Thursday, October 16, 2008

You can take and tan my hide - just let me live!

Do you remember this time last year? Banks were down 12-18% compared to all stocks and had been falling since February and by the Summer short-sellers were on message. The Sub-prime crisis was deemed to have started in July. By November, writedowns totaled a few tens of $billions with total loss forecasts of $2-400bn. The ratings agencies had downgraded only a $100bn or so,unyil following Moody's new models announced August 16, after which it became clear that the vast bulk if not all mortgage backed assets were to be severely downgraded. Bankers were scrambling to uncover what their own exposures were and guilty colleagues were no doubt hiding the figures. But then, when they could agree the totals, how to mark them to market? The illiquid ABX index covering maybe $1.3tn of ABS and CDOs circulating but not getting many deal prices was showing falls in 3-4 months of as much as 60% for AA when junk-rated was 80% off! That just seemed to reflect forced-selling, so clever guys said let's examine the fundamentals; where are they? Delinquency rates were up but 90-day overdues had not yet risen much, doubling or tripling from 0.3% or so for some banks did not seem like a whole lot, except steep compared to any earlier known recession shocks!
A Bank of England study said guys, the models pricing these bonds are extremely sensitive - if you tweak one tiny part hey presto the value is up 35% and maybe you've just gamed the rating! It was clear that to tinker on fundamental and values would just crash to the bottom. Ratings agencies could keep an eye on a load of SIVs but found that so far none were yet threatening collapse until Moody's new model (to reflect fast rising mortgage defaults) based downgrades from August onwards (causing a tsunami of asset values wiped out) and when one hedge Fund, not a bank, bravely said it was valuing all its basement tranches to zero. Maybe that was part of a short-selling strategy or let's torch it and claim on the insurance - but I doubt that. The big monolines had seen their shares crash, but not because of claims so much as their balance sheets don't make sense! Yes indeedy, the accounting for all this was shot. If you are using 30 year old accounting systems that have long exhausted their capacity for more details and definitions, then the real stuff is somewhere in the front or middle office accounts, or just in spreadsheets. Recall yesterday Barclsy going to court to get a bunch of contracts excluded from the spreadsheets (28,000 cells) that formed the basis of their purchase from the undertakers of Lehmans US.
Then through the Winter and into the Spring, banks were adjusting their reported exposures, re-vising massively the mark-to-toxic numbers just days or hours before Q407 and Q108 result releases. The Japanese had a strong right not to M2M and use fair value based on hold-to-maturity so US and European firms followed suit and found various ways of doing similar that continued to be argued back and forth with the regulators warning about taking all that's off balance sheet back on or formally moving the toxic from trading to banking books. Shareholders all the while got little of transparent detail in the published accounts covered over with confident assurances. But, all knew that the market was dead. Some said let's just bury the toxic and dig it up again in maybe a few years from now. Those banks like UBS who put their hands up when the value of ABS performance was publicly reported in its retail investment funds, and then Citigroup, whose collateral managers grabbed Bear Stearns ABS/CDO collateral and sold the stuff at fire-sale thereby busting their own bank's assets too, these got slaughtered in their equity capital. With all the uncertainty about true accounting and risk downgrades threatening no wonder interbank liquidity dried. But in the last quarter the quality of detail in banks reporting their toxic exposures has not improved and does not seem to be doing so even now! Is this not also at the heart of the problem?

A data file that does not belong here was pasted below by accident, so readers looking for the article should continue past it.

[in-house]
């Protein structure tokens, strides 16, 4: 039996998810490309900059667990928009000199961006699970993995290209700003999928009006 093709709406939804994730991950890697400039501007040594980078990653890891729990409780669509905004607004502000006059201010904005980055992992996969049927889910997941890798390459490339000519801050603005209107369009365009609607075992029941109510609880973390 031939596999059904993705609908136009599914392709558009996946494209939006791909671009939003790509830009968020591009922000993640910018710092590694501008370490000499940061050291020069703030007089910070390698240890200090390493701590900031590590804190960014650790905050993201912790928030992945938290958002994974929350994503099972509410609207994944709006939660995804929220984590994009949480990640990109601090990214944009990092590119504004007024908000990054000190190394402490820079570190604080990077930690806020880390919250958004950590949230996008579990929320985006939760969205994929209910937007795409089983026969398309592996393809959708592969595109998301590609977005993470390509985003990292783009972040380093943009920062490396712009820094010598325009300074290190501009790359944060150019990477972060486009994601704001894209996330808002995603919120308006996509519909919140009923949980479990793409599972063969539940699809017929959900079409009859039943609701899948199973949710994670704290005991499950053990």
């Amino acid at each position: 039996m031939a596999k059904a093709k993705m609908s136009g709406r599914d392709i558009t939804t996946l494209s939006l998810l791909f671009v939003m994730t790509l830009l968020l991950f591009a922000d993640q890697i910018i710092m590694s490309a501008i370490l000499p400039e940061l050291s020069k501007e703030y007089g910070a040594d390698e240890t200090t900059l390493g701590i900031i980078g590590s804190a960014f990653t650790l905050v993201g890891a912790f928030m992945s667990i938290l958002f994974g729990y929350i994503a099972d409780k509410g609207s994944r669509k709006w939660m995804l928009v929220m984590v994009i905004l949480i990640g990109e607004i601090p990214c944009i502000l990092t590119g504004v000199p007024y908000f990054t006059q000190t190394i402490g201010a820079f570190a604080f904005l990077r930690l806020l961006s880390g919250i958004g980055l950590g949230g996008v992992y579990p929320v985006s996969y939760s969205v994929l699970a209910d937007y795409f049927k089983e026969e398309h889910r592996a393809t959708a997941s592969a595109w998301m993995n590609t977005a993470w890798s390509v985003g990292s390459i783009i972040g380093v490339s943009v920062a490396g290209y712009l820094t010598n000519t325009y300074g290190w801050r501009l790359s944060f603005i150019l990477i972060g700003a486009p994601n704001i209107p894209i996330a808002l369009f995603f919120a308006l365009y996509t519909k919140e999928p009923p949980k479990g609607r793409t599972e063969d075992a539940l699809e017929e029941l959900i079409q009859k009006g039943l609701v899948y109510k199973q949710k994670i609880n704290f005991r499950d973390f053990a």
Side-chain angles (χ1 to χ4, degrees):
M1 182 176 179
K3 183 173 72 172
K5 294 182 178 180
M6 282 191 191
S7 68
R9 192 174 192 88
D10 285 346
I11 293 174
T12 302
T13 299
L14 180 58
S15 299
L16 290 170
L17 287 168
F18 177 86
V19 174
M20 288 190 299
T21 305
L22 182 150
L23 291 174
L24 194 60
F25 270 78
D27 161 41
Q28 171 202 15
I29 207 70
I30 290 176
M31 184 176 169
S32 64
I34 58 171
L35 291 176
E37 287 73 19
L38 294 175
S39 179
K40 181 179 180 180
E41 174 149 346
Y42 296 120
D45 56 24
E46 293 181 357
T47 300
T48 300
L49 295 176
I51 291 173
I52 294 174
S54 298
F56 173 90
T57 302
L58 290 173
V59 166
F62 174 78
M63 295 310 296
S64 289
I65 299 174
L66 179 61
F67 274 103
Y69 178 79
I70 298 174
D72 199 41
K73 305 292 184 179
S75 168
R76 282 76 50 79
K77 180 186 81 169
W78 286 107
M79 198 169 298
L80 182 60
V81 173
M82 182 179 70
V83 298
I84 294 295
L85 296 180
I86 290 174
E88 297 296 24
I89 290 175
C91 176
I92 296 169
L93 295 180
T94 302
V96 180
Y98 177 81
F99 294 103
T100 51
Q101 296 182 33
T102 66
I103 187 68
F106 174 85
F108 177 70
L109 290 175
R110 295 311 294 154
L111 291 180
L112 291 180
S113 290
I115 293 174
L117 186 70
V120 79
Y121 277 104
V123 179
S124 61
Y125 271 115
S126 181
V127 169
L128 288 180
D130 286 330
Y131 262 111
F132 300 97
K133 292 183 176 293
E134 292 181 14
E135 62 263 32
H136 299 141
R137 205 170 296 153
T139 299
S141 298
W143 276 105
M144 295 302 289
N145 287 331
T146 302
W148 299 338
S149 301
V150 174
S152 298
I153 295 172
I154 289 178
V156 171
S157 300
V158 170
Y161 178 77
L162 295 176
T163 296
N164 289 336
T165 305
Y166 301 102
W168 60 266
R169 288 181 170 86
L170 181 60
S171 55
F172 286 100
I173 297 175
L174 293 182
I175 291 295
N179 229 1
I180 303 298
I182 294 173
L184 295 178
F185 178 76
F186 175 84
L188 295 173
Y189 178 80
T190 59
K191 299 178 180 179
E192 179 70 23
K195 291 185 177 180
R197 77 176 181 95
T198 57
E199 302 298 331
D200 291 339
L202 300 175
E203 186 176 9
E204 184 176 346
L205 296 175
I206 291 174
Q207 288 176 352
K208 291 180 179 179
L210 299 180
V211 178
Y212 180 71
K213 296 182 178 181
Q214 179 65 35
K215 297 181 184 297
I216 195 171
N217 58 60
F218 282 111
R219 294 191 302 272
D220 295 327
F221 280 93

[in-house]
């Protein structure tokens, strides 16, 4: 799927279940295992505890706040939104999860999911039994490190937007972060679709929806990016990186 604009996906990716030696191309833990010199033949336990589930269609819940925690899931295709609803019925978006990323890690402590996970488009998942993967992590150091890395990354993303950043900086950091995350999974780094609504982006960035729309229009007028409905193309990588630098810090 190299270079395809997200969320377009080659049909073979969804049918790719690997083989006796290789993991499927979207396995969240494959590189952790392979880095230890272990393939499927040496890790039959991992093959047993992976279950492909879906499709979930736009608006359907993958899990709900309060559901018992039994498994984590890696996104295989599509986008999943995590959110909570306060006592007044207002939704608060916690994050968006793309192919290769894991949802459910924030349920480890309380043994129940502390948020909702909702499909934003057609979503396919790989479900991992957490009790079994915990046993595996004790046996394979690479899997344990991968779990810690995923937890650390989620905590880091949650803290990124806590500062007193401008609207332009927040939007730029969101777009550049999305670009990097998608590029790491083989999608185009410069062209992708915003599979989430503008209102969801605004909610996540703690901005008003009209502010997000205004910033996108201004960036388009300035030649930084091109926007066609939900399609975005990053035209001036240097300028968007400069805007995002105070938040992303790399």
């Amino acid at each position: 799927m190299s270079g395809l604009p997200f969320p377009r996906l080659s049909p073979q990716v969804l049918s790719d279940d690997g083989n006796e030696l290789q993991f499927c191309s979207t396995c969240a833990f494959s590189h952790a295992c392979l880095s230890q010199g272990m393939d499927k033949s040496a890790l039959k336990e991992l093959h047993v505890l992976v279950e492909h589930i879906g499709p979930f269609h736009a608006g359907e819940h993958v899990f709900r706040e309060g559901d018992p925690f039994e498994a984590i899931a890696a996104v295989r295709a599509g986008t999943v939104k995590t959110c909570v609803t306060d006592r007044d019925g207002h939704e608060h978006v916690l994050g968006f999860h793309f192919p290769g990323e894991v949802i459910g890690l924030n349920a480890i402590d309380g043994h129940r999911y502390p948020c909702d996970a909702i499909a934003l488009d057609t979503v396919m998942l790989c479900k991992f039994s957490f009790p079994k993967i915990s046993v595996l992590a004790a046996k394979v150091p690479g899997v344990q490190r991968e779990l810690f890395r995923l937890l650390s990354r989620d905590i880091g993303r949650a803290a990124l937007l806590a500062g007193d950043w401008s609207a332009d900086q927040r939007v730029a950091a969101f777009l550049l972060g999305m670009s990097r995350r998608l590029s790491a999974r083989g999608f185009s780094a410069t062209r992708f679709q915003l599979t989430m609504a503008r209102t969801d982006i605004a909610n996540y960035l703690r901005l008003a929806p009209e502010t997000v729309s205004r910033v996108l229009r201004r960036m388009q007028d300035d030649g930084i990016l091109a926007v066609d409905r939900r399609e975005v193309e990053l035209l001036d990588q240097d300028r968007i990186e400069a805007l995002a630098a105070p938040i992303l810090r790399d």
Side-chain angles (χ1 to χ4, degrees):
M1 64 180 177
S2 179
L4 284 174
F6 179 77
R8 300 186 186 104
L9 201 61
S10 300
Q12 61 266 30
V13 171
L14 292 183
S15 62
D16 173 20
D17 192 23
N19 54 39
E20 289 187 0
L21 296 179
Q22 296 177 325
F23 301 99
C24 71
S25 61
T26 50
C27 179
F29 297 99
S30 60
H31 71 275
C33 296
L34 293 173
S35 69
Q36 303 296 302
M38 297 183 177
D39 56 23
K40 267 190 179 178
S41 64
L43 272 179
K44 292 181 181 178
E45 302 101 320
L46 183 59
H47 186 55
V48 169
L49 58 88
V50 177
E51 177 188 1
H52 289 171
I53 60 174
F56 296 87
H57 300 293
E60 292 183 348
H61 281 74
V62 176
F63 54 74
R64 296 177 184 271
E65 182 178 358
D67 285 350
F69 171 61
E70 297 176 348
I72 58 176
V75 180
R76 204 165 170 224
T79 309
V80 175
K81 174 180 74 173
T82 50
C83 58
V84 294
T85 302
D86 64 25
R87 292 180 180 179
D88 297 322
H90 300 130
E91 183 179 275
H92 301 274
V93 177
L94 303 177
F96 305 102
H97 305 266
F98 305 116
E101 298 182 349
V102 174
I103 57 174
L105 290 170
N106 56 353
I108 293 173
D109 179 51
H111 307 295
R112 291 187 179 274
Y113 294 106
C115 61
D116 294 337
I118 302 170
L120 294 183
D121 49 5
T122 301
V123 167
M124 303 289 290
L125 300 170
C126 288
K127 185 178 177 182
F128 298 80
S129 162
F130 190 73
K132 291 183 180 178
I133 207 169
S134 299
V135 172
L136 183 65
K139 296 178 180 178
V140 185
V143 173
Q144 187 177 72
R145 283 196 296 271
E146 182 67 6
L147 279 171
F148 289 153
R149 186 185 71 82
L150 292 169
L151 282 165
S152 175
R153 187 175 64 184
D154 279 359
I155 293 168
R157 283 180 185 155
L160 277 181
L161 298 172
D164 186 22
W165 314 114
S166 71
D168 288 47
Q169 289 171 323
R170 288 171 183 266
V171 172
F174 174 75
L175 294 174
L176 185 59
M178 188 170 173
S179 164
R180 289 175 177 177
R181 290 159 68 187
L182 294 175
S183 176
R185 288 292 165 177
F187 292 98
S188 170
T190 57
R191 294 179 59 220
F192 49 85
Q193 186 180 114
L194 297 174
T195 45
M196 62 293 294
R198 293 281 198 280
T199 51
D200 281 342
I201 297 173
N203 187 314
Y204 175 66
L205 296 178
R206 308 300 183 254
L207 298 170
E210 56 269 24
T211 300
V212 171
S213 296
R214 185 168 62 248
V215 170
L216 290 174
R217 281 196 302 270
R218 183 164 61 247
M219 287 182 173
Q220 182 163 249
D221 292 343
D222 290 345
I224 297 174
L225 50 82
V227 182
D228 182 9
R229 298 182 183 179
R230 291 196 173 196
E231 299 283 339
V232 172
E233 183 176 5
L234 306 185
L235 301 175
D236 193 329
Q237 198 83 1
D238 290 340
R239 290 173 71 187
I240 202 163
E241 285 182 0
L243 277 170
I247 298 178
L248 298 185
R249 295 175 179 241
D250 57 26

Today, analysts and FT and others look at CDS spreads as indicators of likely revival of interbank lending. And good to hear the outgoing Chairman of RBS (slogan: "make it Happen")say it is very likely that existing shareholders will take up their first refusel of £15bn new 12% preference share issue (after £5bn goes to governemnt) because they represent a great opportunity for profitable investment (subject to general shareholder vote who have mixed feelings?). When the deal was struck between bank and government it took a bunch of Credit Suisse analysts hours to figure out on a little plastic table in a corridor of No.10 working into the night going through RBS's books on laptops with spreadsheets! We trust adequate and true detail is now in the prospectus. We also have to await the responses of the ratings agencies to see if government stakes in banks (subject to shareholder approval) will result in risk upgrades despite the onrush of recession and 30% falls in banking activity and capacity that is reducing bank profits considerably, if the most recent quarterly results can be thus aggregated. Some profits are only that thanks to tax credits and some losses only that because of further toxic asset writedowns.